7. Once they put the flap back on my second eye, I sat up and could see. It was crazy. Everything was kind of foggy, but it was sharp and in focus which I haven't see without contacts and glasses for a long time. They take you to a post-op room and look inspect your eyes to make sure everything looks ok and that the flaps are on there good and then they let you go home.
8. Once you get home, all of the numbing drops they had been putting in start to wear off and your eyes burn. I'm not going to lie, it sucks. I think the worst part is Step 5 when they put the magnifying lens thing over your eye and the second worst thing is the burning once you get home. But you're suppose to go to sleep for approximately 6 hours because your eyes heal the fastest while closed. Once I fell asleep and woke up later than night (around 6 or 7pm) my eyes felt fine and the burning was completely gone.
9. You have to take 3 different types of drops over the next week or so as well as wear goggle type things while you sleep. But as everyday goes by your vision improves. I had a follow-up appointment the next morning, the following week, one month after the procedure, and then a 6 month follow-up. The first week or so I was a little sensitive to light and had minor halos at night. Cindy, who already had bad halos at night, had really bad halos after the operation but those have slowly been going away with time as well. The morning after my procedure I had 20/20 and the week after I had 20/15 vision, which means that I can see at 20' what you average vision chumps have to be at 15' to see....eagle vision, babies, eagle vision.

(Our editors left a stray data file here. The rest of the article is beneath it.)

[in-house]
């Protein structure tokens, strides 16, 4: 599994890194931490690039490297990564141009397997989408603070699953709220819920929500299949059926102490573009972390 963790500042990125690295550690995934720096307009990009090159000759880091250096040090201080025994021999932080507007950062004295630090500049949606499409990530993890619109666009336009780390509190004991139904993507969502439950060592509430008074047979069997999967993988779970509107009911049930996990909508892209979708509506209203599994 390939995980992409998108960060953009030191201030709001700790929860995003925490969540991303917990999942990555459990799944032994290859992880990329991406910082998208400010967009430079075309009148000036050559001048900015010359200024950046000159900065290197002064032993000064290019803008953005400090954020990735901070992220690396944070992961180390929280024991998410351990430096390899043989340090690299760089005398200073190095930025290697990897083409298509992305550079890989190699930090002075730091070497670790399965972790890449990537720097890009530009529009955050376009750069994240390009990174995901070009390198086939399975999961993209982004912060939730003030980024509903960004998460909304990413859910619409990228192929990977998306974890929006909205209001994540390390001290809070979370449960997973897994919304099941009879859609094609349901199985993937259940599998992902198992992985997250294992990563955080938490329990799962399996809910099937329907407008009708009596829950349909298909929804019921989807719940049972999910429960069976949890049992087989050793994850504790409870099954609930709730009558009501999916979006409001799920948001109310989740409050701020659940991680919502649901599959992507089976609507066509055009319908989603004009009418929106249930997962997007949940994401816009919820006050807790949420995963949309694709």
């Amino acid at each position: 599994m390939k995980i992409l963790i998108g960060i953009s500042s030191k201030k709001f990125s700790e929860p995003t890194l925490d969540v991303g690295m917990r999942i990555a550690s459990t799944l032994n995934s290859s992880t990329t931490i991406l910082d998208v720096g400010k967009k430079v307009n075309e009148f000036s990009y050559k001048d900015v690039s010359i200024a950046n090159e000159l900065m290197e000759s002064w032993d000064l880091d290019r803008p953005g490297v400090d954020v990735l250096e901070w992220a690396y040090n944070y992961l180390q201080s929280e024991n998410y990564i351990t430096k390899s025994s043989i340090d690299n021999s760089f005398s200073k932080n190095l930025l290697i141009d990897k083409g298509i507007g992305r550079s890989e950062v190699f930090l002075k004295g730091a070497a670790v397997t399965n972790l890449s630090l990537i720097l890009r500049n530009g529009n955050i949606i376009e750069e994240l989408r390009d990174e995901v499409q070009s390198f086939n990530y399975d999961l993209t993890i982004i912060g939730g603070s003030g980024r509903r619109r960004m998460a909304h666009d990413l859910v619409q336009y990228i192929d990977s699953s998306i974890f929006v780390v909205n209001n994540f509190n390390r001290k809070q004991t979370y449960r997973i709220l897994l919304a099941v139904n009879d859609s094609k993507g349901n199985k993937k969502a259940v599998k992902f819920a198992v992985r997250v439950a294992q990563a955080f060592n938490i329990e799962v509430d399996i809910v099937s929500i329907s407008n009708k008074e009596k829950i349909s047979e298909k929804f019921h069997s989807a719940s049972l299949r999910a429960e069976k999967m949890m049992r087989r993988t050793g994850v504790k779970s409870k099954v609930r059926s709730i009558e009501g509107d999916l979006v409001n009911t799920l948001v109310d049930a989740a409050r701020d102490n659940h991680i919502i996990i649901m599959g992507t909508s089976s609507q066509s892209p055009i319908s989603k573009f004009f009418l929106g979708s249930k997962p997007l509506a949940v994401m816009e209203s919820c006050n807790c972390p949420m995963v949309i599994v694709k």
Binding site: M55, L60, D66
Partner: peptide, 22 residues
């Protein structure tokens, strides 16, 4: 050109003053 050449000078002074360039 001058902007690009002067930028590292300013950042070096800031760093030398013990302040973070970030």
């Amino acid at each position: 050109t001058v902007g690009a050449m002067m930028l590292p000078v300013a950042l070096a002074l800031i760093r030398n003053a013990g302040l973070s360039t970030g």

I am a super big sissie. My eyes water at the mere mention of anything eye related. My eyes started watering trying to find a picture for today's blog. And the entire operation I was clenching my fists, stretching out my toes, and freaking out. But the operation itself was really not that painful and is probably better described as uncomfortable. I was in and out of the operating room in about 15-20 minutes. My point being that if I can do Lasik then I think anyone can do it. And for those of you that see debt as an effective management tool of wealth building, they do offer financing.
It's the little things that have been so great:
- waking up and being able to see the clock
- being able to watch TV/read a book and fall asleep in bed or on the couch without crushing my glasses or letting my contacts get plastered to my eyes
- not having to deal with glasses or contacts on the river
- not dealing with glasses slipping off my face while working out
- gaining all of the extra room in my dop kit (for you Justin) by not having to pack contact case, glasses case, eye drops, and contact solution
For those of you considering it, at least go the free consultation, it's worth 15 minutes of your life.